About Me

My photo
Melfort, Saskatchewan, Canada
I am a lawyer in Melfort, Saskatchewan, Canada who enjoys reading, especially mysteries. Since 2000 I have been writing personal book reviews. This blog includes my reviews, information on and interviews with authors and descriptions of mystery bookstores I have visited. I strive to review all Saskatchewan mysteries. Other Canadian mysteries are listed under the Rest of Canada. As a lawyer I am always interested in legal mysteries. I have a separate page for legal mysteries. Occasionally my reviews of legal mysteries comment on the legal reality of the mystery. You can follow the progression of my favourite authors with up to 15 reviews. Each year I select my favourites in "Bill's Best of ----". As well as current reviews I am posting reviews from 2000 to 2011. Below my most recent couple of posts are the posts of Saskatchewan mysteries I have reviewed alphabetically by author. If you only want a sentence or two description of the book and my recommendation when deciding whether to read the book look at the bold portion of the review. If you would like to email me the link to my email is on the profile page.

Thursday, January 15, 2015

Death of a Lake by Arthur Upfield

Death of a Lake by Arthur Upfield (1954) – Lake Otway is dying. Three years after it had filled with flood waters a relentless drought is sucking it dry. On the edge of the lake is an out-station for Porchester Station.

Ray Gillen, born in Tasmania, has drifted across the mainland at various jobs and spent some time in the Australian Army serving in Korea. He arrives at the Lake on a motorbike and is immediately hired to work with the stock. One hot November night he goes for a swim and never returns. He is presumed drowned though no body can be found.

Fifteen months later Inspector Napoleon “Bony” Bonaparte is assigned to look into the death.

While many a man has drowned while swimming late at night it is a rare man who drowns with £12,000 pounds in his suitcase. Gillen had shared a winning lottery ticket of £25,000. After cashing in his share he had decided to tour Australia.
At the out-station are 7 men (5 white and 2 black) and two women, Mrs. Fowler and Joan, her daughter. Both of the women are very attractive. They are quite willing to accept gifts and attention from the men but wary of commitment.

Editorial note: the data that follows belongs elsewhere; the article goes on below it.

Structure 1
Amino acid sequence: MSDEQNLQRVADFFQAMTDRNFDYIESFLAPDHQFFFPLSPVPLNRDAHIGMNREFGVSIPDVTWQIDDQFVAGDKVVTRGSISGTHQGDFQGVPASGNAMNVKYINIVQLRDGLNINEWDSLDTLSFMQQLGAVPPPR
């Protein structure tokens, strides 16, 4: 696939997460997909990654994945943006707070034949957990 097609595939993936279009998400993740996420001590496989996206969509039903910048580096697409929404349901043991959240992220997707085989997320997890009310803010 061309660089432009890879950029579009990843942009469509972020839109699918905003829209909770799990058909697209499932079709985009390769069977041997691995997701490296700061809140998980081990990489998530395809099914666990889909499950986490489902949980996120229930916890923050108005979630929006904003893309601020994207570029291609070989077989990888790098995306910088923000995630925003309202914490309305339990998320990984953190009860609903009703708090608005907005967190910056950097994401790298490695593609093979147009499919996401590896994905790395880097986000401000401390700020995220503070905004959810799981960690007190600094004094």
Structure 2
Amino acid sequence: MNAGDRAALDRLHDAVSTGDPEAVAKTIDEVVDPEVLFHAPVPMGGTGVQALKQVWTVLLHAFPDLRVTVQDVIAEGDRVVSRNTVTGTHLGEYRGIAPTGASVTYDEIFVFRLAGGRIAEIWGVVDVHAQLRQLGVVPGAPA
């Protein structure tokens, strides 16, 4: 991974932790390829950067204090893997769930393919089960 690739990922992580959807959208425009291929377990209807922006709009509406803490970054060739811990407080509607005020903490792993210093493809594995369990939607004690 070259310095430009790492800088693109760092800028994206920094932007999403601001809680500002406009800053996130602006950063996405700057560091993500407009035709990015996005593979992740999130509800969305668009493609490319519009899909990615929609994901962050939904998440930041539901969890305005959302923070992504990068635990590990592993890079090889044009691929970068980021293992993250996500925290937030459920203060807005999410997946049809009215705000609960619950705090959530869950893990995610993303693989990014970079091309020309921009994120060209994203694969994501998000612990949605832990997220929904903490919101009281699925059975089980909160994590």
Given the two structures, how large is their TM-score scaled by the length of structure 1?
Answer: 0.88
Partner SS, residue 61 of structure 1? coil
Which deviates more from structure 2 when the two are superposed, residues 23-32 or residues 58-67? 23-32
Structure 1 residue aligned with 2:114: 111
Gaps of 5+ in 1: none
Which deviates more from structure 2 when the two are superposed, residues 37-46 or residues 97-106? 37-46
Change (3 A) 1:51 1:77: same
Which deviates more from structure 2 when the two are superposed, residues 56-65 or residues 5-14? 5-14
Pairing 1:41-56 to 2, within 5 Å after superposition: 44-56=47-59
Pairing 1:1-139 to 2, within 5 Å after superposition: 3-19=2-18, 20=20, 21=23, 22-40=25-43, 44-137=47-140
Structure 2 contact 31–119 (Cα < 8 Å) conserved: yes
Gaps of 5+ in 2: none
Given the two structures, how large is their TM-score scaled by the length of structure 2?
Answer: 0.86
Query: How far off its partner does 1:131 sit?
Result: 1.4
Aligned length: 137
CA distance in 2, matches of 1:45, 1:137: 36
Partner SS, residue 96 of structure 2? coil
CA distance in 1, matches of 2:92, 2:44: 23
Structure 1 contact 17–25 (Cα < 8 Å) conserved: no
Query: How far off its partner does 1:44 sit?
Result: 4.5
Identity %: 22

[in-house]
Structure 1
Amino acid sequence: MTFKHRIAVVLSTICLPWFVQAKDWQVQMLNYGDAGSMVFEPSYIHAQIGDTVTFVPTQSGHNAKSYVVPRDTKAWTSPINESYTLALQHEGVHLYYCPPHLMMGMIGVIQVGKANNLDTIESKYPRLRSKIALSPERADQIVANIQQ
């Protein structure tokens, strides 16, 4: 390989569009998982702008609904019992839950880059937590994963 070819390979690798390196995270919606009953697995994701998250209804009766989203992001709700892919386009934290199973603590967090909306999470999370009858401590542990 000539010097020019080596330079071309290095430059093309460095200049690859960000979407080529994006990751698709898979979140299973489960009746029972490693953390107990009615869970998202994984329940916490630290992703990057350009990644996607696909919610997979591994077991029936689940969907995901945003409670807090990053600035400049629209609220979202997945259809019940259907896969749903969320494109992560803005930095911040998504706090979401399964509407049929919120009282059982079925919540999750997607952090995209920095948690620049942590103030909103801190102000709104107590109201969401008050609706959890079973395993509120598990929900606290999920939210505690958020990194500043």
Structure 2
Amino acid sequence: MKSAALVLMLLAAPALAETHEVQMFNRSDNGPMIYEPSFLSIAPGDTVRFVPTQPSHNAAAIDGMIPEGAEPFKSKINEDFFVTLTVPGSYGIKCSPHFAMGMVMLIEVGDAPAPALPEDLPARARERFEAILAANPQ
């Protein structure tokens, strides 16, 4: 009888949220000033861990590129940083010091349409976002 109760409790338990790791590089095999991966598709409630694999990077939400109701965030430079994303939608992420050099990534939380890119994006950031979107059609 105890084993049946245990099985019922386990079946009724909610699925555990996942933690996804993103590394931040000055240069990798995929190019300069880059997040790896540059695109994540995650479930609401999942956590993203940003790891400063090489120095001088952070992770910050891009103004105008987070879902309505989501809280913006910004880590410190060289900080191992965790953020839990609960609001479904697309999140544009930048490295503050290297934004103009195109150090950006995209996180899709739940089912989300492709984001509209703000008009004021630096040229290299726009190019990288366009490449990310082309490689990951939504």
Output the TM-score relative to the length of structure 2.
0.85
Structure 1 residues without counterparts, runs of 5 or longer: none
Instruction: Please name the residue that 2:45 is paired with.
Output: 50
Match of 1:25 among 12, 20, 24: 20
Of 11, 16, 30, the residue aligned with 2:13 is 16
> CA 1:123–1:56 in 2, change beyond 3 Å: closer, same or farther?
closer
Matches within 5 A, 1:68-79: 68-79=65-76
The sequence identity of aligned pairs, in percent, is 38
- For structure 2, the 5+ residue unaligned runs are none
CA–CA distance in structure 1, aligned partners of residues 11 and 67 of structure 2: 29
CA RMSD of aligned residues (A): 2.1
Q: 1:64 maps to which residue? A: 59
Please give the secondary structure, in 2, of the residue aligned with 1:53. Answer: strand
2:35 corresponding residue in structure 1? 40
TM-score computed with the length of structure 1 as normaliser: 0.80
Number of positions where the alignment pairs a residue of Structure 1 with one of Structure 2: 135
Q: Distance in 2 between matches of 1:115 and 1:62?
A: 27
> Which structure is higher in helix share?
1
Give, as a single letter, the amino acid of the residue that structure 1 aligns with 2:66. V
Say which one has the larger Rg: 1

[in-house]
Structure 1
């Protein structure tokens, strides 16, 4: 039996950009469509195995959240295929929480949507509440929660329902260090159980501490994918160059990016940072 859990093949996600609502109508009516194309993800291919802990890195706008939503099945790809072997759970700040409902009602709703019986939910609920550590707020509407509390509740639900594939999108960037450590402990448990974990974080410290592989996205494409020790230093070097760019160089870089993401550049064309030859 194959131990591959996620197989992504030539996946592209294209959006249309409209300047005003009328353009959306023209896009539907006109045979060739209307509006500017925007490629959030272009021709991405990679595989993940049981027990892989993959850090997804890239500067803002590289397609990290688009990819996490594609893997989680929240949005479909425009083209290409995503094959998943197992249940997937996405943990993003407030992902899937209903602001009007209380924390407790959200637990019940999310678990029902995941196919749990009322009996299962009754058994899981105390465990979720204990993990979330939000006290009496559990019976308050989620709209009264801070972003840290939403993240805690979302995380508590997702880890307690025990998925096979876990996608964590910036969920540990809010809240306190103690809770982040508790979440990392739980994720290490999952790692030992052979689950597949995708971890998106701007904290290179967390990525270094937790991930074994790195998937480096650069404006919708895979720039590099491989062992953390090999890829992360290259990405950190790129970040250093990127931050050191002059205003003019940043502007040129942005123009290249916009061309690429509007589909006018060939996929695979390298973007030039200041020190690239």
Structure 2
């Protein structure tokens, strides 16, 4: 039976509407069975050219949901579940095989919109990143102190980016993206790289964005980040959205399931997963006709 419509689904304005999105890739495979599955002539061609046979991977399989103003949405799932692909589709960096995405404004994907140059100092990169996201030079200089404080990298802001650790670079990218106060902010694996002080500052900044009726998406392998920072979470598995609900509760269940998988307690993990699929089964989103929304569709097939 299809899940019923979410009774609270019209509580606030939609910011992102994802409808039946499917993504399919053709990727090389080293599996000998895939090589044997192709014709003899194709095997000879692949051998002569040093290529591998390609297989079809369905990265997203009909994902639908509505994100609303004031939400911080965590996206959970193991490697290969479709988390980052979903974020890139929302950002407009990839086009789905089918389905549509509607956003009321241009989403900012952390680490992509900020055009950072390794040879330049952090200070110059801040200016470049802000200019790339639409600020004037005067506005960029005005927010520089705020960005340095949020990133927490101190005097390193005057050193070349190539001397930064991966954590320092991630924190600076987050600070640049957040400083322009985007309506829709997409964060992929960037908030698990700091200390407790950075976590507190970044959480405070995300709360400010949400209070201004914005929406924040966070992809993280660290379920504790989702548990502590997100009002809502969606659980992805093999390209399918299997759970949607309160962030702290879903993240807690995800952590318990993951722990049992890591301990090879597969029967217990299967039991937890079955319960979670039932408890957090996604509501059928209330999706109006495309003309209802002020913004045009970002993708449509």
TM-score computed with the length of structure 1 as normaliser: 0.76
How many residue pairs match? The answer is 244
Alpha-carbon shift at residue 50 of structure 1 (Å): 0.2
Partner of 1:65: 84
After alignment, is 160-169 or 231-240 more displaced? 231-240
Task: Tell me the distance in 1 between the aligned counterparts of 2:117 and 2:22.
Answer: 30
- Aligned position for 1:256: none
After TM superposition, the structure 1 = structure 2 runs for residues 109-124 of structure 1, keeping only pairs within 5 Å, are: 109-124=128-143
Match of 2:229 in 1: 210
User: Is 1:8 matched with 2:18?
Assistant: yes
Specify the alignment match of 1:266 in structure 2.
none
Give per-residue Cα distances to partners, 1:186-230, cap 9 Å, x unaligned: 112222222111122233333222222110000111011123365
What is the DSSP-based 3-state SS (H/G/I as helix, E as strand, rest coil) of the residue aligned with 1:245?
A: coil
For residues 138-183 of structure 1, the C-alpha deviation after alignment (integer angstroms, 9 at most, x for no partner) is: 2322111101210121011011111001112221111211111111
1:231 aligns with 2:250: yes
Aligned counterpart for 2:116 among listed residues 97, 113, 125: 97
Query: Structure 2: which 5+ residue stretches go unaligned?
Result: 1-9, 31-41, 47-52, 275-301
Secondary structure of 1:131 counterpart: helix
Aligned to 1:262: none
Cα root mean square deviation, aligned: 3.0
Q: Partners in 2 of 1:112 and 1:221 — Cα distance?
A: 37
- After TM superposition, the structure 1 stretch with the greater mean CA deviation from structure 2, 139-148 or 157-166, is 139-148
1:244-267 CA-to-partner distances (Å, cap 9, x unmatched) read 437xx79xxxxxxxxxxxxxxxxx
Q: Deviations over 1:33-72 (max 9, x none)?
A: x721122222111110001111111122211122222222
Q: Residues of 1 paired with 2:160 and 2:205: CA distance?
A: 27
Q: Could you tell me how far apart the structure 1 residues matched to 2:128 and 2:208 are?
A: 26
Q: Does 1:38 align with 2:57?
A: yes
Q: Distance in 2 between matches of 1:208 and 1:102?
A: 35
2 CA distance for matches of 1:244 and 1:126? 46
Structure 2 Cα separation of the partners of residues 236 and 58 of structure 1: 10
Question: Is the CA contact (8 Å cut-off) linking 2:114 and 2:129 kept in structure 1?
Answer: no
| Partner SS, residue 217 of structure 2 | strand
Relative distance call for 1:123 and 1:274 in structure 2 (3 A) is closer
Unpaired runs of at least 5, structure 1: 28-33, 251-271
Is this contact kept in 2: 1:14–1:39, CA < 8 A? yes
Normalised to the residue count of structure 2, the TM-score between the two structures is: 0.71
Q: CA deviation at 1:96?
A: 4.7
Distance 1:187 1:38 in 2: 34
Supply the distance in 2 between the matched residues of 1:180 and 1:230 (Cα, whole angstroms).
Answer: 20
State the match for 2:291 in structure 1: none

Bony goes to the out-station in an undercover role as a horse breaker. He will live with the men and work at breaking a small herd of horses.

Bony is sure the 5 white men and 2 white women have knowledge about Gillen. Since his disappearance no money has been reported and no one has left the out-station.

With his usual patience Bony works his way into the community. When he shows he knows his way around the horses his disguise is accepted.

It is scorching hot. Each day the temperature is over 100 F. The lake is disappearing and the strain on the residents of the out-station is rising.

No one is talking but everyone is anxious to search for Gillen’s body when the lake has dried up.

When the water level goes below 2 feet in depth the birds and animals around and on the lake are anxious. They can sense its death.

There are powerful disturbing images in the descriptions of what happens to the rabbits, hundreds of thousands if not millions of them near the lake, and the kangaroos and other animals when their water supply is at an end. Nature is not benign.

Bony discreetly prods those living at the out-station and friction flares.

While Canadians know cold Australians know hot. When the temperature goes about 110F life is unbearable for everyone and the water level drops even faster.

There is an inexorability to the dying of the lake that carries into the mystery. How and why Gillen died will be resolved when the lake is equally dead. It creates a natural tension to the mystery that is striking.

The book is a fine example of Bony’s understanding of human psychology with less bushcraft than most other Bony stories.
Upfield, Arthur - (2011) - Cake in the Hat Box; (2011) - The Widows of Broome (2011) - "U" is for Arthur Upfield; (2011) - The Bushman Who Came Back; (2012) - The Will of the Tribe; (2012) - The Battling Prophet; (2012) - "U" is for Arthur W. Upfield; (2013) - The Bone is Pointed; (2013) - Q & A with Stan Jones on Nathan Active and Napoleon "Bony" Bonaparte - Part I and Part II; (2013) - "U" is for Death of a Swagman (1945)


  1. Bill - I've always liked the way Bony finds ways to weave himself into the fabric of a community. He's skilled at getting people to talk to him. And Upfield's description of nature and of the geography of Australia are very well-drawn. As you say, nature is not benign, and Upfield doesn't shy away from that. Glad you enjoyed this one.

    1. Margot: Thanks for the comment. In the rush of modern crime fiction who would have their sleuth spend weeks working his way into a community. Sleuths are not given the time to integrate into a group. Bony learns and observes where many current sleuths crash around.

  2. This one sounds very interesting, Bill. I have read some of this series but very long ago. I will look for this one and check some of your other reviews.

    1. TracyK: Thanks for the comment. I have found Bony addicting.